The intersecting global challenges of climate change, food insecurity, and diet-related health issues are intricately linked to food systems and consumer choices. To catalyze significant dietary changes, transformative shifts in both food supply and demand are imperative. An understanding of the cultural dimensions of food-related crises is thus increasingly acknowledged as a vital step towards fostering inclusive, sustainable, and healthier diets.

Consider these statistics: one-third of the global population suffers from some form of malnutrition, with every country— including the most developed— facing at least one type of malnutrition problem, or multiple forms simultaneously.

Global meat consumption has more than doubled in the last twenty years— reaching 320 million tons in 2018. The popularity of processed and ready-to-cook meat products is being fueled by busy lifestyles and a preference for convenient food options. But while meat only contributes to 18% of global calorie supply, the global livestock sector accounts for 77% of agricultural land and is responsible for over 60% of all agricultural GHG emissions.

Finally, with 821 million people worldwide lacking adequate calories to combat chronic hunger, juxtaposed against the projected growth of the global fast-food market to $1467.04 billion by 2028, at a compound annual growth rate (CAGR) exceeding 6%, the need for action is evident.

In response to this need for change, the Food Culture Alliance— an initiative of the Global Alliance for Improved Nutrition— has emerged as a collaborative coalition of organizations jointly advocating for the pivotal role of food culture in hastening the transformation of society’s dietary habits.

“The Food Culture Alliance was borne from a realization that consumer demand has a role in shaping the future of food systems,” says Dr. Eva Monterrosa, Co-Founder of the Food Culture Alliance and Program Lead, Consumer Demand Generation at the Global Alliance for Improved Nutrition.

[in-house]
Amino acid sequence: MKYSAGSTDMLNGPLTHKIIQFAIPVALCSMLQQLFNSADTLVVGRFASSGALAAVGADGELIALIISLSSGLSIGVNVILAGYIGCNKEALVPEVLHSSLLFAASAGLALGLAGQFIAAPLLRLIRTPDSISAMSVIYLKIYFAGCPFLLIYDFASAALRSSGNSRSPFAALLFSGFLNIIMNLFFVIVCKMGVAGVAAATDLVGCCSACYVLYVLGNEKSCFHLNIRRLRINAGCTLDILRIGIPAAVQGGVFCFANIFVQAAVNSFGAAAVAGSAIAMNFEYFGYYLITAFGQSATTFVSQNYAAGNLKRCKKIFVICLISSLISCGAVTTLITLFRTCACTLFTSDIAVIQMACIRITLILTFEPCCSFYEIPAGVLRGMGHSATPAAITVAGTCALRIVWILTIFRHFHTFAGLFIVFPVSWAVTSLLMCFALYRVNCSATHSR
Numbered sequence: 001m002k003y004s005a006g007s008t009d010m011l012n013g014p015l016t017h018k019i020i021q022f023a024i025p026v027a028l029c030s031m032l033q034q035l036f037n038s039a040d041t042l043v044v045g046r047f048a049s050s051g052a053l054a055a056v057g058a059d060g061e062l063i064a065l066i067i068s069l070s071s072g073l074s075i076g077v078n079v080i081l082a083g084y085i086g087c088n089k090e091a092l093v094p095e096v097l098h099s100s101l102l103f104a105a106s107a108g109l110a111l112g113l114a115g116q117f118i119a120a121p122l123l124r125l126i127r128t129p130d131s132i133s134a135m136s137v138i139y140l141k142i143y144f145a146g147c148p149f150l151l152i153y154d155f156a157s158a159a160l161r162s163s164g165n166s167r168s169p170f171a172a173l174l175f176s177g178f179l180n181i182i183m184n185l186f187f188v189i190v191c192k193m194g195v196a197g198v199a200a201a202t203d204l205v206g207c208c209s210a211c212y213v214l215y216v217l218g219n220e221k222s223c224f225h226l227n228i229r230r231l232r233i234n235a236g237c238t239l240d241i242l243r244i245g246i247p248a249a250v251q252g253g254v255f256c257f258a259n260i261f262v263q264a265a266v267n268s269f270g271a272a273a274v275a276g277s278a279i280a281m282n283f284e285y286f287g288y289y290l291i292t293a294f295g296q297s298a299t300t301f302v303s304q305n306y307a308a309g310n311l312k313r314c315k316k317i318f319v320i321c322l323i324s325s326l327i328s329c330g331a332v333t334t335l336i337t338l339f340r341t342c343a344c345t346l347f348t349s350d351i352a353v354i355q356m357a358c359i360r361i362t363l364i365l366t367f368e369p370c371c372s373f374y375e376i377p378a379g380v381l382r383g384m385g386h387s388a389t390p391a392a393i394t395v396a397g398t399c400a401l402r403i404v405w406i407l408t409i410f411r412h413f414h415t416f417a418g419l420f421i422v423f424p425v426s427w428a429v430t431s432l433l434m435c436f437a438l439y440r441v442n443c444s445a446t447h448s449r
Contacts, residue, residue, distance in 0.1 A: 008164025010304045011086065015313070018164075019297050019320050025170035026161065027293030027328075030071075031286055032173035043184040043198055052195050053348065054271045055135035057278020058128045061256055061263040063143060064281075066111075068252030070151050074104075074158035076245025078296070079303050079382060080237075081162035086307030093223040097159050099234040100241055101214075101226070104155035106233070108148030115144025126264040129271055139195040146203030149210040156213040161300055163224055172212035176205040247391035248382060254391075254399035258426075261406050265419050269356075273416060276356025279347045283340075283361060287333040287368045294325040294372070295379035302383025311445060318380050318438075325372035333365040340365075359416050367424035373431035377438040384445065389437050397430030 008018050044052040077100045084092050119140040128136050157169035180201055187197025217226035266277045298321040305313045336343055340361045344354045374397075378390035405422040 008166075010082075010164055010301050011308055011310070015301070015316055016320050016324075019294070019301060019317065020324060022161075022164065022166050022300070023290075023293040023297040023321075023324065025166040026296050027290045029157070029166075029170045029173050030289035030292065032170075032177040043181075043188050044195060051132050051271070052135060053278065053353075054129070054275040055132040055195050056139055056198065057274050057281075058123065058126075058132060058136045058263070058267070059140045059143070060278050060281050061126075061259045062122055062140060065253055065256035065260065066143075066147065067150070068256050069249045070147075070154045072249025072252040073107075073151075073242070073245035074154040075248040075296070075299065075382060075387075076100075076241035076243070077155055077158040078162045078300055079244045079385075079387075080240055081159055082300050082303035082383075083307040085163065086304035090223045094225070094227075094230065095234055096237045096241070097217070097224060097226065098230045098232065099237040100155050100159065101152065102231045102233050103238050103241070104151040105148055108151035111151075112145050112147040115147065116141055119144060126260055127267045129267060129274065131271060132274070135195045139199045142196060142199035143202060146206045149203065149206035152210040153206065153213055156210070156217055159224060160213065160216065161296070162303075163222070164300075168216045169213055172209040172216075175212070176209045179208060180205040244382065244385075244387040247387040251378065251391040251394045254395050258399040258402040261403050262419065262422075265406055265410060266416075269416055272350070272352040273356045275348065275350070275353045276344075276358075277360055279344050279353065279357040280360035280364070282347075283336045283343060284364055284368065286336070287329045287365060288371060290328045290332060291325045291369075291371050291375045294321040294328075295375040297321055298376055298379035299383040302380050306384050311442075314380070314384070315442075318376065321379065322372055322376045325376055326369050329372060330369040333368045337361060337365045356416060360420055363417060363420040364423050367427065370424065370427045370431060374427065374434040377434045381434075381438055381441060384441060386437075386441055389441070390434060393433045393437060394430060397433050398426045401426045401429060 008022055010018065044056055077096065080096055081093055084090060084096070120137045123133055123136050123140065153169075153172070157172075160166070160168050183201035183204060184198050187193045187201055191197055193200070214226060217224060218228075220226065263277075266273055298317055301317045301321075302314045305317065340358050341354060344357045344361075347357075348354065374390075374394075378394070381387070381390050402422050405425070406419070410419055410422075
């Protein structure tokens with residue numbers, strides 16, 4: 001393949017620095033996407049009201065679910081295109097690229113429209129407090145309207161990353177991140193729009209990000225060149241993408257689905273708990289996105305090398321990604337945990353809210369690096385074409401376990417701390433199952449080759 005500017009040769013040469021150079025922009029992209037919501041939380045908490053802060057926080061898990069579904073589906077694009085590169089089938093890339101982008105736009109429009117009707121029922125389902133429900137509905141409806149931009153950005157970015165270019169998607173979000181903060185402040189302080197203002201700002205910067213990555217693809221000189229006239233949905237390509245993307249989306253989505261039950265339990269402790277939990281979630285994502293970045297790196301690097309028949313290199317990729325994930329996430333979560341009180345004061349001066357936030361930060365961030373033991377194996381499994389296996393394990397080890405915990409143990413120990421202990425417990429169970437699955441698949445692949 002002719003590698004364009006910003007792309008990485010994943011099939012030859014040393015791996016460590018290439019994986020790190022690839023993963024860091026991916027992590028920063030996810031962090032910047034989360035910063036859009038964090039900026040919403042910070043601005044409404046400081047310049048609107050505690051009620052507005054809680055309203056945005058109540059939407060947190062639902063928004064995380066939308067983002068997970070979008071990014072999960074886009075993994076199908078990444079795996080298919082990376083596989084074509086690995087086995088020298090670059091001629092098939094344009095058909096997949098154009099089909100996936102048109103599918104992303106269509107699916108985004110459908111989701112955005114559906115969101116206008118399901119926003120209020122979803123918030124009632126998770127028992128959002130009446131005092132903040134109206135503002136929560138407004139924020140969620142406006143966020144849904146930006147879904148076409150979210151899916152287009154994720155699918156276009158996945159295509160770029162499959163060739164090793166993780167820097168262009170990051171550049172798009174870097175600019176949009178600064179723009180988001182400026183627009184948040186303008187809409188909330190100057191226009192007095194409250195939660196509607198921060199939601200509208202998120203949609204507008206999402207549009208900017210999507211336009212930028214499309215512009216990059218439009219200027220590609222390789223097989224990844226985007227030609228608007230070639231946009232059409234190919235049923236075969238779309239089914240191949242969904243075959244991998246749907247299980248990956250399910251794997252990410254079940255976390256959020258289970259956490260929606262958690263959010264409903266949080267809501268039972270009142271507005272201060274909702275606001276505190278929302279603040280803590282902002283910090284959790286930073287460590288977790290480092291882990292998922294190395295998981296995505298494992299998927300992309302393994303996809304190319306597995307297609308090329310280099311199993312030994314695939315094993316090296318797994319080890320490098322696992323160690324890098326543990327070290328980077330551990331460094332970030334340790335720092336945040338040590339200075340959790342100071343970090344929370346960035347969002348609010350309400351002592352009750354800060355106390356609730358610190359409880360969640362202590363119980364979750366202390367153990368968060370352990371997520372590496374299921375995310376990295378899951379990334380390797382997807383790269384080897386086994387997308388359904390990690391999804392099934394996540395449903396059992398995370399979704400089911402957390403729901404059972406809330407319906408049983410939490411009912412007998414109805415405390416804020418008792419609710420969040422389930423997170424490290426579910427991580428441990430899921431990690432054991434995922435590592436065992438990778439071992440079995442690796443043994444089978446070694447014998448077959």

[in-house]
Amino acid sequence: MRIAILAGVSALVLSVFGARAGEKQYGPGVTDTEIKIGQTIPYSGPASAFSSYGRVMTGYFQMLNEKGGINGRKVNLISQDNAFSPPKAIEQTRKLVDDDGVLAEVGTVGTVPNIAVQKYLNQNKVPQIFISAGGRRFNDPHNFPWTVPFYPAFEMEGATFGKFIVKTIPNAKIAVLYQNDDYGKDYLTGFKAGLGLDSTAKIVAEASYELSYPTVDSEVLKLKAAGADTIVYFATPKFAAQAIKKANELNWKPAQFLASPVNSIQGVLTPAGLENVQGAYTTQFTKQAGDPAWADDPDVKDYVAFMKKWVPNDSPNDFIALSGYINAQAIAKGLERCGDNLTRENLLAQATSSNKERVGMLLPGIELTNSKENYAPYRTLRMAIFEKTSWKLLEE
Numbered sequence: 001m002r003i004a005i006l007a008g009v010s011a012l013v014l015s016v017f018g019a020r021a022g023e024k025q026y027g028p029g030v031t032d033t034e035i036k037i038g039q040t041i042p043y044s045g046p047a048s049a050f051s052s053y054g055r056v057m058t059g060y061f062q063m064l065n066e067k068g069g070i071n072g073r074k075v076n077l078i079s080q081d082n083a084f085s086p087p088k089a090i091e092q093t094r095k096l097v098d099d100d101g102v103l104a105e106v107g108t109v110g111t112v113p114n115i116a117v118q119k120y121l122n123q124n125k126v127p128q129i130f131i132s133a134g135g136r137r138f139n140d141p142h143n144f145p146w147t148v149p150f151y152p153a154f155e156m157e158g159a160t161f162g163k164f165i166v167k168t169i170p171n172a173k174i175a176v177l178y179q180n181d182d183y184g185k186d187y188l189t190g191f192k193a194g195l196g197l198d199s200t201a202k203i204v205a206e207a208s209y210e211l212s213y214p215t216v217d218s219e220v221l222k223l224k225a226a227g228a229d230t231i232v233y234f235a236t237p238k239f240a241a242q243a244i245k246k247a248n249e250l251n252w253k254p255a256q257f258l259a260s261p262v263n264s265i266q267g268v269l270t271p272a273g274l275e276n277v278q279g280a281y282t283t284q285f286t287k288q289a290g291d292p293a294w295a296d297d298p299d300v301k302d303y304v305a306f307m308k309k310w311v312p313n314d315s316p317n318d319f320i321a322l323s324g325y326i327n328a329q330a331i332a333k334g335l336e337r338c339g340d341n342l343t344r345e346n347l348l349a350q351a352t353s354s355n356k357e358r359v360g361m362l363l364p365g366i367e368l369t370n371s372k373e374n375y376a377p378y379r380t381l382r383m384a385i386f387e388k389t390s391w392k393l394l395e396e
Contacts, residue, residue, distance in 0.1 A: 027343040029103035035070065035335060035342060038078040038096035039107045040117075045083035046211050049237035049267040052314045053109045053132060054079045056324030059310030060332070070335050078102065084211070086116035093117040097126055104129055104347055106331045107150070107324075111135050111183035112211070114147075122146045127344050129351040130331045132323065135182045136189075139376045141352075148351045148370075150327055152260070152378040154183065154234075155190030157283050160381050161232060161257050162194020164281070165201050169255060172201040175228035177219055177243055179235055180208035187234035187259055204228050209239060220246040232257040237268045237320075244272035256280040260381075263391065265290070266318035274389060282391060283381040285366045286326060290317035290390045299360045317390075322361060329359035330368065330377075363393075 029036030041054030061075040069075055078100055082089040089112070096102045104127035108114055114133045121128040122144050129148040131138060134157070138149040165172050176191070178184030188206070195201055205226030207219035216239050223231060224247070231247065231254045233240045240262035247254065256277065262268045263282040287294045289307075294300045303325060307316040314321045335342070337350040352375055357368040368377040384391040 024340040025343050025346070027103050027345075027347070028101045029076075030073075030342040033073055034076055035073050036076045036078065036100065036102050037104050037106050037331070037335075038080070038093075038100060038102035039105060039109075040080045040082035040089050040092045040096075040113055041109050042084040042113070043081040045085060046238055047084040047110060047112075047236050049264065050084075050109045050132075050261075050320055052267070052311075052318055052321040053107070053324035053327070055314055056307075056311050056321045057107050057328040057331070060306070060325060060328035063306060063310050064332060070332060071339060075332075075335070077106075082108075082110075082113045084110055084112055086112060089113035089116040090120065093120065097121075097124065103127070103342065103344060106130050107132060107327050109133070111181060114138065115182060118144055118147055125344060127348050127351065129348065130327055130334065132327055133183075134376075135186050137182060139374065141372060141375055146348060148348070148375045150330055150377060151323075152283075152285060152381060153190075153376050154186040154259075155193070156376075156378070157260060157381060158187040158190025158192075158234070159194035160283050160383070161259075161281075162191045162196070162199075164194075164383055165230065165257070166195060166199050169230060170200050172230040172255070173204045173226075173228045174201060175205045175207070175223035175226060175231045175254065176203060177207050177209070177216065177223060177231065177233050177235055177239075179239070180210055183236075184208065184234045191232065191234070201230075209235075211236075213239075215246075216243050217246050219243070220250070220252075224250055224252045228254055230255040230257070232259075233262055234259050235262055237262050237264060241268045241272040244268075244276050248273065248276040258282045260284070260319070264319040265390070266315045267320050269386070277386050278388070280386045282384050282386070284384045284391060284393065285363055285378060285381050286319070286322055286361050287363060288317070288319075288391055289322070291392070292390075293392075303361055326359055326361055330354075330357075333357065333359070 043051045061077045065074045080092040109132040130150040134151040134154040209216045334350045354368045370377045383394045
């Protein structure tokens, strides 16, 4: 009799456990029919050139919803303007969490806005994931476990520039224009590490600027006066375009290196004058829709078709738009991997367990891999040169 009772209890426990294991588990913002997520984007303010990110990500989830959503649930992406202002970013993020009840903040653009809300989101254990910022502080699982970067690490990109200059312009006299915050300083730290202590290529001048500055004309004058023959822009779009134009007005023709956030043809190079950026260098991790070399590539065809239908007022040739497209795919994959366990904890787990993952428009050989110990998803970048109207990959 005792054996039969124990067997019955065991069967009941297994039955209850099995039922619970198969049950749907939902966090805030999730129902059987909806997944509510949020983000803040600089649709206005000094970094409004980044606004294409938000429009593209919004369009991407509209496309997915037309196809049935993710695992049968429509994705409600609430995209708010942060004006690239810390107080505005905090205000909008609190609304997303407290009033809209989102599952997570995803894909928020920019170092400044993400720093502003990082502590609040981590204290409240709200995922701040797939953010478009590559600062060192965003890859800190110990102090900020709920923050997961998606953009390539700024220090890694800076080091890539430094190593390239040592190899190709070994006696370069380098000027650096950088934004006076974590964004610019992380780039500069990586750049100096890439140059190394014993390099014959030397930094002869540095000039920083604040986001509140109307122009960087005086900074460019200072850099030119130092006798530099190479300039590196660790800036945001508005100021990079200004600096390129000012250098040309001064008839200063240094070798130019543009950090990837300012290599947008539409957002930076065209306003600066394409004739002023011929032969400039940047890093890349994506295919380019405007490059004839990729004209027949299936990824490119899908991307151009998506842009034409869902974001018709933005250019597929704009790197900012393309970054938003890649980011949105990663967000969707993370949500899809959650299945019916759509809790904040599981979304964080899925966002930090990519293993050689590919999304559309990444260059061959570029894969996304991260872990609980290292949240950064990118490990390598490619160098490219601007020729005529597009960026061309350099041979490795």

Monterrosa says that food culture is a complex social force that shapes and enables human preferences, which directly impact food systems and food security.

Culture is a critical influencer of food beliefs, practices, and overall demand. It is interlinked with dietary preferences, agricultural and processing practices, local food systems approaches, social support networks, identity and sovereignty, culinary techniques, and knowledge transmission. Factoring in the role of culture is essential to developing effective strategies to address food systems and food security challenges globally.

The Food Culture Alliance defines food culture as a realm that “molds our preferences and influences the way we think and feel about certain foods. It’s a major hidden fuel of our consumption habits and holds the key to unlocking society-wide, lasting change.”

Of the four fundamental pillars of food security identified at the 1996 World Food Summit, two are considered to be the most popular among policymakers. These are availability (the supply side of food, as influenced by factors like production, imports, and food reserves) and access (the economic and physical capacity to utilize existing food resources, as determined by factors such as income, markets, and prices).

It is evident that availability and access are intertwined— without physical and economic access to food, an increase in food supply alone cannot ensure food security within a given society. However, these aspects do not operate in a vacuum— they interact within a broader social context.

“This can’t be all supply-side driven,” says Monterrosa of traditional policies aimed at improving food systems. “A driver of consumer demand is preference; and preferences shape the foods we want and desire. If as a society, we want things that are not nutritious and not sustainably produced then that is what we will get from our food system. We see food culture as a society-wide solution to change our collective preferences.”

So what happens when the global food system has influenced societal preferences and demand for the consumption of unhealthy and unsustainable foods that contribute to obesity, non-communicable diseases and environmental problems?